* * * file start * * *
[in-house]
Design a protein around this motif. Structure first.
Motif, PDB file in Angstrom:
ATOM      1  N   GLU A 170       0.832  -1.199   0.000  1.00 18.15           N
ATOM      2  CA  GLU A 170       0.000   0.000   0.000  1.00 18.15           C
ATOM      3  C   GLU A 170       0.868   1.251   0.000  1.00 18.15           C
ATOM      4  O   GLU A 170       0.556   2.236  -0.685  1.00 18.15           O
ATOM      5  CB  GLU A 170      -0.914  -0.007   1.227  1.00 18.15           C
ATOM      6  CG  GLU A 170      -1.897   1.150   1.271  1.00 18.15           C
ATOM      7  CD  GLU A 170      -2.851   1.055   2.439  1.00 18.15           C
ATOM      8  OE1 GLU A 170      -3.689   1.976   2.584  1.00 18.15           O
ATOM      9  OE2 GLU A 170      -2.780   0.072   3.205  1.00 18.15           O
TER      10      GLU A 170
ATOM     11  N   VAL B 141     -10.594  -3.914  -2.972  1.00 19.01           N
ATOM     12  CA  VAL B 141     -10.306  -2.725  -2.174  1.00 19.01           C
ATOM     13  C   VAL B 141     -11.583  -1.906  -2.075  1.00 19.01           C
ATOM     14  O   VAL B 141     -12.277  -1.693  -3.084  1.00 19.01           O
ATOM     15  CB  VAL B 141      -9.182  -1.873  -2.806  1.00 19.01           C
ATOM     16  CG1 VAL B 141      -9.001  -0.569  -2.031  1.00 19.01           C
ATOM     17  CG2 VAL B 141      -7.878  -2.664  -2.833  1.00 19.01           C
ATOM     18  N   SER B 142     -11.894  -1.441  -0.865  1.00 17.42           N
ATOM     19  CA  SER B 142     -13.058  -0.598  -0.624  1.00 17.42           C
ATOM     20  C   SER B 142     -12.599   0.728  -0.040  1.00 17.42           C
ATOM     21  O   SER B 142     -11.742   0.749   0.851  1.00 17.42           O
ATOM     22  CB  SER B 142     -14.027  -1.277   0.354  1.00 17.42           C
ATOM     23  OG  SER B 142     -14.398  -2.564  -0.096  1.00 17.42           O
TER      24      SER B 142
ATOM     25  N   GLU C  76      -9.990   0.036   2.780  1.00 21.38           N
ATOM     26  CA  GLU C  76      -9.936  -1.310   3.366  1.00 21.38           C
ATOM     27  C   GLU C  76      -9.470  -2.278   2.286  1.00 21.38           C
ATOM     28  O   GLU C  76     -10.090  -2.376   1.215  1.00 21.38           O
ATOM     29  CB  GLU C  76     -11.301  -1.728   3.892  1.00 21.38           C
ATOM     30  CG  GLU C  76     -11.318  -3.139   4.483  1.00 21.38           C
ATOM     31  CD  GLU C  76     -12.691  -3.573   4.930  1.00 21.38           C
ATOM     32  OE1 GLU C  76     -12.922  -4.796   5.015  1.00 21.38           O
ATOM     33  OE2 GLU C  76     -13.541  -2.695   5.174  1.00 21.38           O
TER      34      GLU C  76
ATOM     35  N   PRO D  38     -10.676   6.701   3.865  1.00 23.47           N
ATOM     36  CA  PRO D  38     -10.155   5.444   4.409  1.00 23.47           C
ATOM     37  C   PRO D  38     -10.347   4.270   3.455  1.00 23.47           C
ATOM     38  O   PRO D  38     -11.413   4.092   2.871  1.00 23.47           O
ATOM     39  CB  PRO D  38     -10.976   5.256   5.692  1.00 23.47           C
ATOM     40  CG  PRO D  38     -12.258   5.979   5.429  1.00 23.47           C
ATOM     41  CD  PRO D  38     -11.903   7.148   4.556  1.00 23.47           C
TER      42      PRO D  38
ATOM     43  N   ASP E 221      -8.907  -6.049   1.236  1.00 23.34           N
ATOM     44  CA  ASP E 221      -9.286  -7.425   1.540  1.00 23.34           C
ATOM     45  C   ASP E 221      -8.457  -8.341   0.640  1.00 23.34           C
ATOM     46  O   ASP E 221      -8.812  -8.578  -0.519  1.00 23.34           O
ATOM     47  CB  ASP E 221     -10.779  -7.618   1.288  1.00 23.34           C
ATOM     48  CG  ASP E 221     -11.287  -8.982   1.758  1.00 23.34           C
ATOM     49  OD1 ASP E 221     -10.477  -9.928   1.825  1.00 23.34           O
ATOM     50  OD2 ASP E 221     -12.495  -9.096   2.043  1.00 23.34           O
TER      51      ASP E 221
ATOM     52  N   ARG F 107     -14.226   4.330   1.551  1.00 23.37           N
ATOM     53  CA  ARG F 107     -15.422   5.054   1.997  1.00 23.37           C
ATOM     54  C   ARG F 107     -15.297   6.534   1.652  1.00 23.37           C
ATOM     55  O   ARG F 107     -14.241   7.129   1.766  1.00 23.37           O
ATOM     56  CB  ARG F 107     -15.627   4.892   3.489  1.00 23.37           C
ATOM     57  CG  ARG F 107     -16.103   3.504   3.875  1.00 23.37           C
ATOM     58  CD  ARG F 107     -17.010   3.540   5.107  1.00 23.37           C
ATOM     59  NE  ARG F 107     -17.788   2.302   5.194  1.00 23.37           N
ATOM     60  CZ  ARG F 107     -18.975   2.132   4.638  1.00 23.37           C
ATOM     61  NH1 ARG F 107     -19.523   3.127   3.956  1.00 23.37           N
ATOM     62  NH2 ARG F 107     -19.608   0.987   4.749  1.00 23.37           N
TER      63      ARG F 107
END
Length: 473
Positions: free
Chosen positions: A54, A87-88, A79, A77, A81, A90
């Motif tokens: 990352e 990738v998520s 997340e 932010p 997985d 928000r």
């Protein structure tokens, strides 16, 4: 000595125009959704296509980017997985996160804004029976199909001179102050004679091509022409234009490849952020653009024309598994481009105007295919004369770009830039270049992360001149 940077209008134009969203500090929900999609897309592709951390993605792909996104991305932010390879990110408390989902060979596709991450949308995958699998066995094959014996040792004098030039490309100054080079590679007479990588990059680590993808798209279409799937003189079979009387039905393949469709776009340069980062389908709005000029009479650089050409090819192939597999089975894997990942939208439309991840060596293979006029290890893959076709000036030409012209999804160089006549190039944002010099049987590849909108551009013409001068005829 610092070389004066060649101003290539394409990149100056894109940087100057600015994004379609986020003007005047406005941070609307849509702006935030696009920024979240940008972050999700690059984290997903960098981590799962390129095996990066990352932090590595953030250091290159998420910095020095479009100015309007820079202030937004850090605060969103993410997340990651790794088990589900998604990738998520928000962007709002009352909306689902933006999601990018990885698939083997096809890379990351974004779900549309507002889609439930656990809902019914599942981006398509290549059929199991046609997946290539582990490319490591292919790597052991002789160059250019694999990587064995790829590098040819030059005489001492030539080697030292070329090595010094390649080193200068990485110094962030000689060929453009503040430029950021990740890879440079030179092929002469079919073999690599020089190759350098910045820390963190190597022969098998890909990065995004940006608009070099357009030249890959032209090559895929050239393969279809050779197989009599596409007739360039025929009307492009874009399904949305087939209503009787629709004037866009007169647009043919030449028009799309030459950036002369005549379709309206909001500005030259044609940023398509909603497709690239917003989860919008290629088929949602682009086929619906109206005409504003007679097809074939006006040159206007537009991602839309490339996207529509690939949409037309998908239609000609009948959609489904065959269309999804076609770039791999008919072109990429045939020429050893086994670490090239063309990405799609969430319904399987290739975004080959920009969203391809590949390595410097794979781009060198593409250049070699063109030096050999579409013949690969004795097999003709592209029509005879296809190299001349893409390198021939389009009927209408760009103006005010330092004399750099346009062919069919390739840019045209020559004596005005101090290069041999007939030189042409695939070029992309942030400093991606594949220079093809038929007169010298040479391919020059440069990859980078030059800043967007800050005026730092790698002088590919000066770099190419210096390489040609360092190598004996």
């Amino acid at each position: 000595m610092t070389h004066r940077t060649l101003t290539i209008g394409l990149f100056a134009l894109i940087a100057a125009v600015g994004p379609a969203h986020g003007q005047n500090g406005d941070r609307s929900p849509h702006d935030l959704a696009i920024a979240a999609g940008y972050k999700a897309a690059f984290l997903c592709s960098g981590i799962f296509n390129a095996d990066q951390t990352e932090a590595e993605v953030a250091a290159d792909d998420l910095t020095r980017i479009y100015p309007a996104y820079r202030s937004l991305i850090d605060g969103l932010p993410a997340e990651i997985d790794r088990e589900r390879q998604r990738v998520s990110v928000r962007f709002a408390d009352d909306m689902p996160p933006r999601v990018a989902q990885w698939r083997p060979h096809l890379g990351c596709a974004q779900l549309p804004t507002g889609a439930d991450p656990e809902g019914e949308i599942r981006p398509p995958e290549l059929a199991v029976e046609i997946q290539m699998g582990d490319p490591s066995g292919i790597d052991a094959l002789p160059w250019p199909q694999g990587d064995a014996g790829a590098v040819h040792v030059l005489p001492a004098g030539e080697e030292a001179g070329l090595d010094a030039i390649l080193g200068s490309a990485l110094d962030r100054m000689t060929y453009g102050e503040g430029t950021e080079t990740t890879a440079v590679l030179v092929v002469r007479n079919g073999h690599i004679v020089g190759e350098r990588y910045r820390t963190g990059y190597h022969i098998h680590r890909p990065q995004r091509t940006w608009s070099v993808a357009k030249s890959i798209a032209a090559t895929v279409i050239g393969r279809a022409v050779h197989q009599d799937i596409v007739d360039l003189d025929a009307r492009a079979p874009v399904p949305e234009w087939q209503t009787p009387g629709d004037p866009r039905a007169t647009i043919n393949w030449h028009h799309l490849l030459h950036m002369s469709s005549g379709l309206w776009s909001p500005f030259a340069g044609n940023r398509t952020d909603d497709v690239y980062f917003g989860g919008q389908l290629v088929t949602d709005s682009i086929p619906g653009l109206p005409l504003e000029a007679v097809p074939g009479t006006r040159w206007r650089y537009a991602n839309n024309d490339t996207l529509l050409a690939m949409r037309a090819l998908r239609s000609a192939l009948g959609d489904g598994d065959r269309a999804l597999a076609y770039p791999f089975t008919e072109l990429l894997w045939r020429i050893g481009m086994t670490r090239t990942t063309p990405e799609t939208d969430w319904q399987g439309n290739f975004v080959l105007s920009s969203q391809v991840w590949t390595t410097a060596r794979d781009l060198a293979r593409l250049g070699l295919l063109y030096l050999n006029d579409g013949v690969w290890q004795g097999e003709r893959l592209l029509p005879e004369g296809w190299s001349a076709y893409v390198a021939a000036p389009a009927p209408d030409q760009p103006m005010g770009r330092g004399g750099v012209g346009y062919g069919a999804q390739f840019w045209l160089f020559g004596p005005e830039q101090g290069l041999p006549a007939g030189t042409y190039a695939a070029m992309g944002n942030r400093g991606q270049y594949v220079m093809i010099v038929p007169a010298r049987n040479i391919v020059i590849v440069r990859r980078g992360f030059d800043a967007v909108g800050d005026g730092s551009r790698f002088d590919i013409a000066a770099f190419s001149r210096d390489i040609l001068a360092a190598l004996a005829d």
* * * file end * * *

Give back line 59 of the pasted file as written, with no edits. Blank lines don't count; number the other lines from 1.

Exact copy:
ATOM     56  CB  ARG F 107     -15.627   4.892   3.489  1.00 23.37           C